By Jyotsna Singh
An inquiry by the Indian rail ministry into a fire on a train in Gujarat four years ago has concluded that it was caused by an accident.
The February 2002 blaze claimed the lives of 59 Hindus and sparked religious riots in which at least 2,000 people, mostly Muslims, were killed.
But the railway ministry finding has been rejected by the Hindu nationalist BJP which governs Gujarat.
A separate inquiry into the Gujarat riots is yet to submit its conclusions.
It was alleged that the fire on the train which took place in the town of Godhra had been caused allegedly by an attack by a Muslim mob.
Dozens of suspects are being held in connection with the blaze under a tough anti-terrorist law which has since been repealed.
A committee headed by a retired Supreme Court judge, Umesh Chandra Banerjee, submitted its final report to the railway ministry on Friday.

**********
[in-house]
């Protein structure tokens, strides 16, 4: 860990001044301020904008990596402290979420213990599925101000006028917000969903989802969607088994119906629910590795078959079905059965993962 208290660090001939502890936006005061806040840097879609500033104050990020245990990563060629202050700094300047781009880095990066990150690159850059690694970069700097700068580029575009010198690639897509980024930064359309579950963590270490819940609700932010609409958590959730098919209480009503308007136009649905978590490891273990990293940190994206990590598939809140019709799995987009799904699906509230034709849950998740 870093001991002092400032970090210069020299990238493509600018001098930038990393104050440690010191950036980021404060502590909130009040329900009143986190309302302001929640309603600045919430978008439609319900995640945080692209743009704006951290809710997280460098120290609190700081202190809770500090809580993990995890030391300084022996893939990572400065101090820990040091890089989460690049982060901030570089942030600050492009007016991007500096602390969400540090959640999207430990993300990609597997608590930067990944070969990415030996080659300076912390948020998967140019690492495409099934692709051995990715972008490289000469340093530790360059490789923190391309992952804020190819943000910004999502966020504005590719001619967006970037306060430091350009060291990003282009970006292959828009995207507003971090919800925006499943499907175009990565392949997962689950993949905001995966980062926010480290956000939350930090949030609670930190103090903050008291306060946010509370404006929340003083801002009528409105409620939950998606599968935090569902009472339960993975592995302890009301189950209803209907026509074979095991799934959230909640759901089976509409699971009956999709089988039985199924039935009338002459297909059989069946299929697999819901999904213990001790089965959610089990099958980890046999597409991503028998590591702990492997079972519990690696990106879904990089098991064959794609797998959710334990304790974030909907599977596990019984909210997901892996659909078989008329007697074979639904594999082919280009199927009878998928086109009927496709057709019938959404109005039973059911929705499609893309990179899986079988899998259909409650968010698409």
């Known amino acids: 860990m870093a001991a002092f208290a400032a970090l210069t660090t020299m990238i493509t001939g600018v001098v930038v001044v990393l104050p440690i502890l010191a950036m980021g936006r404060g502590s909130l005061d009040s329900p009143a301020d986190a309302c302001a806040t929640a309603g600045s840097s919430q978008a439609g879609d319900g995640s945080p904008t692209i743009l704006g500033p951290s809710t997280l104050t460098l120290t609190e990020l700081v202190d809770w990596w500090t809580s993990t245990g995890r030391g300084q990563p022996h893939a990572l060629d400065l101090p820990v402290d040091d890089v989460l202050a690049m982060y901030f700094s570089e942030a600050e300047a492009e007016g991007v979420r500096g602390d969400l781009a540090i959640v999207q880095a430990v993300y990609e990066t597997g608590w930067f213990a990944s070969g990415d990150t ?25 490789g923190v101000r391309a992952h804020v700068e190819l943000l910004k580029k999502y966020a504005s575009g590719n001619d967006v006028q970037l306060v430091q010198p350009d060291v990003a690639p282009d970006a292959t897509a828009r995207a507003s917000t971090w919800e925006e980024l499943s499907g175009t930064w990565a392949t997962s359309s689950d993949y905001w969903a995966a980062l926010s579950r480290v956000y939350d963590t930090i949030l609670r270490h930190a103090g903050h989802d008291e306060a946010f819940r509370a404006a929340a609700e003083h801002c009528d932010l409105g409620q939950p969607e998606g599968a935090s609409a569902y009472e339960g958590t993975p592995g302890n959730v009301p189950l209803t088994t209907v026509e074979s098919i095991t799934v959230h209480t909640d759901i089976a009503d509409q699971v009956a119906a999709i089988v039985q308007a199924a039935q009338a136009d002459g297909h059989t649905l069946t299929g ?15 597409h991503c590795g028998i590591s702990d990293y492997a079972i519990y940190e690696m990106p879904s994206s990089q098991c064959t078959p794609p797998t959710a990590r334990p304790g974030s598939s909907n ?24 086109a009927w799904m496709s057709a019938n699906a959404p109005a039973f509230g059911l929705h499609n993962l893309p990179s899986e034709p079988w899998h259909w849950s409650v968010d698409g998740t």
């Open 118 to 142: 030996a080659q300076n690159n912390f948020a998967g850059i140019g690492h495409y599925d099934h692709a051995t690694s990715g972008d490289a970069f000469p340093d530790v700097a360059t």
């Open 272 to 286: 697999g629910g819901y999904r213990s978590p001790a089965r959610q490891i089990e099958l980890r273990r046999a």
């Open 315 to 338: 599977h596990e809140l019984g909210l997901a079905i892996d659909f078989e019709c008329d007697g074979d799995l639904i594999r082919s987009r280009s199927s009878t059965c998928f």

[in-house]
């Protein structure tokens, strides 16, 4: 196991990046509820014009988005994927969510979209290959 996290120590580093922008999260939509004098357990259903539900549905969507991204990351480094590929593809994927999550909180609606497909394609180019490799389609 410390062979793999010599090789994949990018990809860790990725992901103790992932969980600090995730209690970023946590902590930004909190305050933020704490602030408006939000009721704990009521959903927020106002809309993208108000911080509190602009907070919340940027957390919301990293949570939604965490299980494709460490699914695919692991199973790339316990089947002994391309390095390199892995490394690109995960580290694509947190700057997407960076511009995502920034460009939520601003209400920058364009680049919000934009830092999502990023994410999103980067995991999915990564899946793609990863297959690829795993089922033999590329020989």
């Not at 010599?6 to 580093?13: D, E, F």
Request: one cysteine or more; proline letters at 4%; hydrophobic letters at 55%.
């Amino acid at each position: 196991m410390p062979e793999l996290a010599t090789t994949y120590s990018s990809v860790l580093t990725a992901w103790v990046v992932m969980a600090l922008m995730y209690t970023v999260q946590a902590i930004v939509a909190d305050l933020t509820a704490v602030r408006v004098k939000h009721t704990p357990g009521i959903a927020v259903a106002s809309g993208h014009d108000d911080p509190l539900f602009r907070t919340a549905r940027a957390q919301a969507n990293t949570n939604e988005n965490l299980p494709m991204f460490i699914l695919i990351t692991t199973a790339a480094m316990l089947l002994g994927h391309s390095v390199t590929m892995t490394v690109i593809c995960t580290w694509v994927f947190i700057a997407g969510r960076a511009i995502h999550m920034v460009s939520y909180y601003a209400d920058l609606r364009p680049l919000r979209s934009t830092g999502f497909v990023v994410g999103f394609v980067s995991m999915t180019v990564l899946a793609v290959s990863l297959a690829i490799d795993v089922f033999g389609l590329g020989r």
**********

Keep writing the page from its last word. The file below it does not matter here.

“We have come to the conclusion that it was not a deliberately attempted fire. It was an accidental fire,” Justice Banerjee told a news conference.
He said his interim report released last year, had made the same conclusion.
The detailed report has not been yet made public.
But the BJP has dismissed the findings saying the matter was a criminal case and should be decided in court.
“This is not something that can be decided by a departmental inquiry,” BJP spokesman Arun Jaitley told journalists.
“It’s a document… that has no credibility.”
The committee was set up by the Congress-party led government after it came to power defeating the BJP in May 2004.
Most accounts following the train fire said a Muslim mob threw petrol bombs at the train, starting the blaze.
Survivor accounts also spoke of a stone-throwing mob attacking the train.
But Justice Banerjee said that according to eyewitness accounts people had been cooking in the carriage at the time it caught fire.
The riots in 2002 were among the worst religious riots in India since the country’s partition in 1947.
The BJP state government were criticised for not doing enough to contain the violence.
Source: BBC NEWS
GMT© BBC MMVI